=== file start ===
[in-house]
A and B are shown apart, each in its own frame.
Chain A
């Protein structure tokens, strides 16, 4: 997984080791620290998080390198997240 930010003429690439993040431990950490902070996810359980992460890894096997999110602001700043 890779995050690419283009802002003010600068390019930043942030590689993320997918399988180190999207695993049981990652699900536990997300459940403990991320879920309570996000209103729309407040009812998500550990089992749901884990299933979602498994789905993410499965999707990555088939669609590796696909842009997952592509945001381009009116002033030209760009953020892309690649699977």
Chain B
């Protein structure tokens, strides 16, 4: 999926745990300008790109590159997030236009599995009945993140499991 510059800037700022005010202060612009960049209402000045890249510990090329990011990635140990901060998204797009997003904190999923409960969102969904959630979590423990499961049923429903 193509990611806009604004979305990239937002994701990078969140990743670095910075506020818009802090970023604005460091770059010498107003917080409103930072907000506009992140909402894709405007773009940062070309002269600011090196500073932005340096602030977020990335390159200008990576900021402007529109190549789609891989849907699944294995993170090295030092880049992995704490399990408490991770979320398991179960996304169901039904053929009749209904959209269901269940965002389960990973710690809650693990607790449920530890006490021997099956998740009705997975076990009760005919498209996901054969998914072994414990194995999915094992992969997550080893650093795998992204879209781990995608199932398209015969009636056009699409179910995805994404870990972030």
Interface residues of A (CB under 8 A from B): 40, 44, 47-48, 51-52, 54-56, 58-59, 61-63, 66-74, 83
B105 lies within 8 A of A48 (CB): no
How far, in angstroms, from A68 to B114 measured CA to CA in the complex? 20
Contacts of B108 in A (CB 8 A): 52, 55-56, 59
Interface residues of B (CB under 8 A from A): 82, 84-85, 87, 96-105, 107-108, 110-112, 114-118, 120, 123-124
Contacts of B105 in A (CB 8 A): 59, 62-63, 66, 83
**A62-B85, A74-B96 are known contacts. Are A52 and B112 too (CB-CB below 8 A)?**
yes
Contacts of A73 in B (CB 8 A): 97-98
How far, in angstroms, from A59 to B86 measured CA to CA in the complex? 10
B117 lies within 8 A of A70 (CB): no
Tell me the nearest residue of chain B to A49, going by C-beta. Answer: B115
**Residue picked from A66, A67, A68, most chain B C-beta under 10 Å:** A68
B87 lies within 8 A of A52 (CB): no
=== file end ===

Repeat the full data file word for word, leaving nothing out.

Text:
[in-house]
A and B are shown apart, each in its own frame.
Chain A
């Protein structure tokens, strides 16, 4: 997984080791620290998080390198997240 930010003429690439993040431990950490902070996810359980992460890894096997999110602001700043 890779995050690419283009802002003010600068390019930043942030590689993320997918399988180190999207695993049981990652699900536990997300459940403990991320879920309570996000209103729309407040009812998500550990089992749901884990299933979602498994789905993410499965999707990555088939669609590796696909842009997952592509945001381009009116002033030209760009953020892309690649699977």
Chain B
């Protein structure tokens, strides 16, 4: 999926745990300008790109590159997030236009599995009945993140499991 510059800037700022005010202060612009960049209402000045890249510990090329990011990635140990901060998204797009997003904190999923409960969102969904959630979590423990499961049923429903 193509990611806009604004979305990239937002994701990078969140990743670095910075506020818009802090970023604005460091770059010498107003917080409103930072907000506009992140909402894709405007773009940062070309002269600011090196500073932005340096602030977020990335390159200008990576900021402007529109190549789609891989849907699944294995993170090295030092880049992995704490399990408490991770979320398991179960996304169901039904053929009749209904959209269901269940965002389960990973710690809650693990607790449920530890006490021997099956998740009705997975076990009760005919498209996901054969998914072994414990194995999915094992992969997550080893650093795998992204879209781990995608199932398209015969009636056009699409179910995805994404870990972030």
Interface residues of A (CB under 8 A from B): 40, 44, 47-48, 51-52, 54-56, 58-59, 61-63, 66-74, 83
B105 lies within 8 A of A48 (CB): no
How far, in angstroms, from A68 to B114 measured CA to CA in the complex? 20
Contacts of B108 in A (CB 8 A): 52, 55-56, 59
Interface residues of B (CB under 8 A from A): 82, 84-85, 87, 96-105, 107-108, 110-112, 114-118, 120, 123-124
Contacts of B105 in A (CB 8 A): 59, 62-63, 66, 83
**A62-B85, A74-B96 are known contacts. Are A52 and B112 too (CB-CB below 8 A)?**
yes
Contacts of A73 in B (CB 8 A): 97-98
How far, in angstroms, from A59 to B86 measured CA to CA in the complex? 10
B117 lies within 8 A of A70 (CB): no
Tell me the nearest residue of chain B to A49, going by C-beta. Answer: B115
**Residue picked from A66, A67, A68, most chain B C-beta under 10 Å:** A68
B87 lies within 8 A of A52 (CB): no